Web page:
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Roche CEO still skeptical of swift COVID-19 vaccine, despite 'promising' results

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Roche CEO still skeptical of swift COVID-19 vaccine, despite 'promising' results

Roche Holding AG's CEO is skeptical that a vaccine for the coronavirus is imminent. Despite rising expectations spurred in part by promising recent data from AstraZeneca PLC and Oxford University's contender Severin Schwan has not altered his view on the length of time required to gain regulatory approval, given the high safety hurdle for any vaccine intended for billions of healthy people.

Schwan spoke to reporters after the Basel, Switzerland-based pharmaceutical group reported lower-than-expected first-half 2020 results, impacted by COVID-19 and the advent of biosimilar competition in the U.S. to its top three cancer medicines: Herceptin, Avastin and MabThera/Rituxan.

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Roche CEO Severin Schwan
Source: Roche Holdings AG

"The real challenge, like with any medicine, is not to develop a molecule or a vaccine that's quickly done," Schwan said on a conference call. "It's encouraging what we see, that some of those vaccines trigger neutralizing antibodies this is really promising. This is good news. But it's yet a completely different question to prove the safety of the vaccines and to prove efficacy in sufficiently large cohorts," he said.

Scaling up to produce large quantities is a further challenge, the CEO added.

Earlier in the day, Roche reported a fall in first-half group sales of 4% to CHF 29.28 billion, versus Cowen's CHF 30.53 billion estimate. "Every product in the quarter was below our estimates except Actemra, which has been used off-label for COVID-19 treatment," said analyst Steve Scala, who has an "outperform" rating on the stock.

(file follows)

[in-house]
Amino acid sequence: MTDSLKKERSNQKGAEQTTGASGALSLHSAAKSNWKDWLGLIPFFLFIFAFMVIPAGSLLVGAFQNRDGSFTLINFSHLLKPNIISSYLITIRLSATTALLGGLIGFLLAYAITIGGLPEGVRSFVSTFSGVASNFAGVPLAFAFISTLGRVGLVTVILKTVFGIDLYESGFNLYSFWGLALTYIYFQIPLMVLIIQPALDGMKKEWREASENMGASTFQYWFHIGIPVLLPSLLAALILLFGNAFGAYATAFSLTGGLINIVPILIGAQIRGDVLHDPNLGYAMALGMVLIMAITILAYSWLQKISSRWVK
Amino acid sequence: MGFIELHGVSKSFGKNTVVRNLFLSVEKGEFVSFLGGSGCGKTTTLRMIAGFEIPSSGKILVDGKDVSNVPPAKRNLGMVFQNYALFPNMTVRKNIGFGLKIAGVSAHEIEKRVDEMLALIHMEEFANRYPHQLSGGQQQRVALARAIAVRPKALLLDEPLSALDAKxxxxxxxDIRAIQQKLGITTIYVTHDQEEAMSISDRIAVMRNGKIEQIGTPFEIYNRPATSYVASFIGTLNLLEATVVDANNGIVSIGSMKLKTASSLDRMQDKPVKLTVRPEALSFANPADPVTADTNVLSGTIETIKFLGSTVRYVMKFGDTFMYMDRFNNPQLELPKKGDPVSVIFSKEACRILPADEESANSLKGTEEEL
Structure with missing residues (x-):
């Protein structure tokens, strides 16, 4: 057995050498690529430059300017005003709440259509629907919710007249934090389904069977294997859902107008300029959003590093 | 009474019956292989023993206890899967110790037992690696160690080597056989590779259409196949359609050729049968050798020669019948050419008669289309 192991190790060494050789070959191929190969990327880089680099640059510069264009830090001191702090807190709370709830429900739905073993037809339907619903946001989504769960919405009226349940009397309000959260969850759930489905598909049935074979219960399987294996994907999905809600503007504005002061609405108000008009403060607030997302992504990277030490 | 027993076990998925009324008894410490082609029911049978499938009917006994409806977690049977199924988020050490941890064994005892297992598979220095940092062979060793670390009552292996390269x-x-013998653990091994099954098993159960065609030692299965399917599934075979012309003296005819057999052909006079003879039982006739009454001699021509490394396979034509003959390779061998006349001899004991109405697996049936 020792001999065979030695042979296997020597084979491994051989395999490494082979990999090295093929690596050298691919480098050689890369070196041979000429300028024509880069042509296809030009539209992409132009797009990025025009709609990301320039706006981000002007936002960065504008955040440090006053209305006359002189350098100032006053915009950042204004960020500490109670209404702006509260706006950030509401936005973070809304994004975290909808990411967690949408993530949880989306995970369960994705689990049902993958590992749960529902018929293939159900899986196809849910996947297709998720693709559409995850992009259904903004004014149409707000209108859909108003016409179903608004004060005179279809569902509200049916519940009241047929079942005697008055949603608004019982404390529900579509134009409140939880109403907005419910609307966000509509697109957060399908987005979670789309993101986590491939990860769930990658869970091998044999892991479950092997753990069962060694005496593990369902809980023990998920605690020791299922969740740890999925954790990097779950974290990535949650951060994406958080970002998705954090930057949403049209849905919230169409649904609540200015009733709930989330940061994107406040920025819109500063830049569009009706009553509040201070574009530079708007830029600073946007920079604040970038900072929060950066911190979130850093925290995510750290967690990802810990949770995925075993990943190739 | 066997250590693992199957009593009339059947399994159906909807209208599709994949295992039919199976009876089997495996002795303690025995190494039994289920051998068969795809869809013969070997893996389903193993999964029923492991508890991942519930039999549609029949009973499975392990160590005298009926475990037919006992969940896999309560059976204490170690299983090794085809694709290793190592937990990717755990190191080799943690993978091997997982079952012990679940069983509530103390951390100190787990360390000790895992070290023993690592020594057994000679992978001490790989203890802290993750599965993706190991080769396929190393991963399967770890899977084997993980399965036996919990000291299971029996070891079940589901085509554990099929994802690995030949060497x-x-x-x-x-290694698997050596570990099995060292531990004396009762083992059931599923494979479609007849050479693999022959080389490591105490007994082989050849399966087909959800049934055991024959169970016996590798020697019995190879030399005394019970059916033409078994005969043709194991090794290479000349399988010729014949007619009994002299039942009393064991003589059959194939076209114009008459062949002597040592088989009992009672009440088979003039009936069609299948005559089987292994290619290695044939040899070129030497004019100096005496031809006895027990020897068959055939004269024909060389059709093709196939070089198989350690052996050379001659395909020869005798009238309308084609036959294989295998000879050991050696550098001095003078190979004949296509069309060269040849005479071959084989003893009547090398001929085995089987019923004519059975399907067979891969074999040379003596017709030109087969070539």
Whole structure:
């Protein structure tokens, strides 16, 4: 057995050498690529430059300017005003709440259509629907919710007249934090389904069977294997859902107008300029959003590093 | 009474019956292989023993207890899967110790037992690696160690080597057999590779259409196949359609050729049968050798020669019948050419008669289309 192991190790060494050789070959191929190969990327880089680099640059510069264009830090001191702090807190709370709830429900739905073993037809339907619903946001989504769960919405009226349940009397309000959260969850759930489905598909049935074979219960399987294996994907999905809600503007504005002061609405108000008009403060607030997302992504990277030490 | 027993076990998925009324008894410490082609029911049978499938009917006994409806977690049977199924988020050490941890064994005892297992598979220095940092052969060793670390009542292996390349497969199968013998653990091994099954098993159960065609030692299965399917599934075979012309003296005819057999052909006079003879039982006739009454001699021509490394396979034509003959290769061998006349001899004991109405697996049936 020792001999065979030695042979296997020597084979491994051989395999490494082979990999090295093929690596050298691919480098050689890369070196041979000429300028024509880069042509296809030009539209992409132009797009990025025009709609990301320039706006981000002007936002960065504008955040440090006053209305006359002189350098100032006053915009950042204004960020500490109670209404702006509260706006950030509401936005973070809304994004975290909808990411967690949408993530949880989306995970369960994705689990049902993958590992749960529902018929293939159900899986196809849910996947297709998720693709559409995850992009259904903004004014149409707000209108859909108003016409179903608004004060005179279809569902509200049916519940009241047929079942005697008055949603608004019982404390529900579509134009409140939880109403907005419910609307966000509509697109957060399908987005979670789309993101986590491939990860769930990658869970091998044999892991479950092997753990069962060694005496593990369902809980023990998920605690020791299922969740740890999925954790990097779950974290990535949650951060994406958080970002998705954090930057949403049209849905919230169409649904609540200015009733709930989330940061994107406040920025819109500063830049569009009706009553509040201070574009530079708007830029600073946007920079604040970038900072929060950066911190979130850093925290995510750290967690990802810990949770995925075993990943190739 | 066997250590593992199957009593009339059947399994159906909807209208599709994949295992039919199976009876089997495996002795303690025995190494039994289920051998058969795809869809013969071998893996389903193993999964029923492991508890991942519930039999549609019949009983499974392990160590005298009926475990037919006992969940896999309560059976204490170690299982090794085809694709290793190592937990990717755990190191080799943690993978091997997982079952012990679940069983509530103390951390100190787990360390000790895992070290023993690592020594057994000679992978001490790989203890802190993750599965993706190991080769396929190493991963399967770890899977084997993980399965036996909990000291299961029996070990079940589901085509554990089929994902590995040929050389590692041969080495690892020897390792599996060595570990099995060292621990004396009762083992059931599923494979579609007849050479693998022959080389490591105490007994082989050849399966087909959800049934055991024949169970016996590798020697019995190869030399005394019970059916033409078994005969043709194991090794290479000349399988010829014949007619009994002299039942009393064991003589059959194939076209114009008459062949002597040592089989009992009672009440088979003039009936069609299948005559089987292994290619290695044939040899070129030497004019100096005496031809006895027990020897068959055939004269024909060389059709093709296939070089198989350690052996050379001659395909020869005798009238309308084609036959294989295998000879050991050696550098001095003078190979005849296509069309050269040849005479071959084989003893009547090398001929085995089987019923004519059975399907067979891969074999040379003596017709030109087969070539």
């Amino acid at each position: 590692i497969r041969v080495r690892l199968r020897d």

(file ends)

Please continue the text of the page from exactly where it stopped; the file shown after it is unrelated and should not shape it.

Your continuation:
Roche, the biggest manufacturer of cancer drugs in the world, said the impact of generic competition on its former blockbusters Avastin, Herceptin and MabThera is expected to swell to CHF 4.7 billion this year, given the additional knock from COVID-19. While Schwan acknowledged sales in May had experienced "a really significant decline" of 15%, he reiterated guidance for the year, based on a strong recovery since June.

Growth in diagnostics

Roche's Diagnostics unit supplied the first molecular test to the Chinese authorities for COVID-19 in January, launched an antibody test in June and is now set to roll out a rapid antibody test as part of its COVID-19 portfolio. Thomas Schinecker, the unit's CEO, said it had seen strong growth in June and so far in July, but routine testing has not yet returned to pre-pandemic levels.

"We are continuously ramping up because we see that the testing demand will remain high, very likely throughout the entire year of 2021 if not longer … the virus will stay around for quite some time," Schinecker said on the call. "And even when there is a vaccine, by the time we have enough of [it], time will pass by quite significantly. So, we see that absolute need and we saw it already in February, March. That's why we took action as soon as we could."

Roche has quadrupled its production capacity but still cannot keep up with demand for molecular testing, Schinecker said. Roche has four or five years' worth of orders so far this year, with some governments sending in military planes to pick up instruments, he explained. "Diagnostic as expected benefited significantly from COVID testing and will continue to do so," said UBS analyst Michael Leuchten, who has a "buy" rating on the stock.

In the face of an unprecedented global health crisis, the pharmaceutical industry has pulled together to collaborate on research and develop potential therapeutics and vaccines. AstraZeneca, known to date for its cancer and respiratory medicines, struck an alliance with Oxford University to start making its candidate vaccine at risk ahead of late-stage trial results scheduled by year-end. Fellow U.K. drugmaker GlaxoSmithKline PLC, the world's biggest vaccine manufacturer, and Sanofi of France are collaborating on another candidate, while Novartis AG is focusing its research on future coronaviruses.

"I'm personally very optimistic that at some point, solutions will be available," Schwan said. "But I do think that it will take some more time to make vaccines broadly available for people around the world."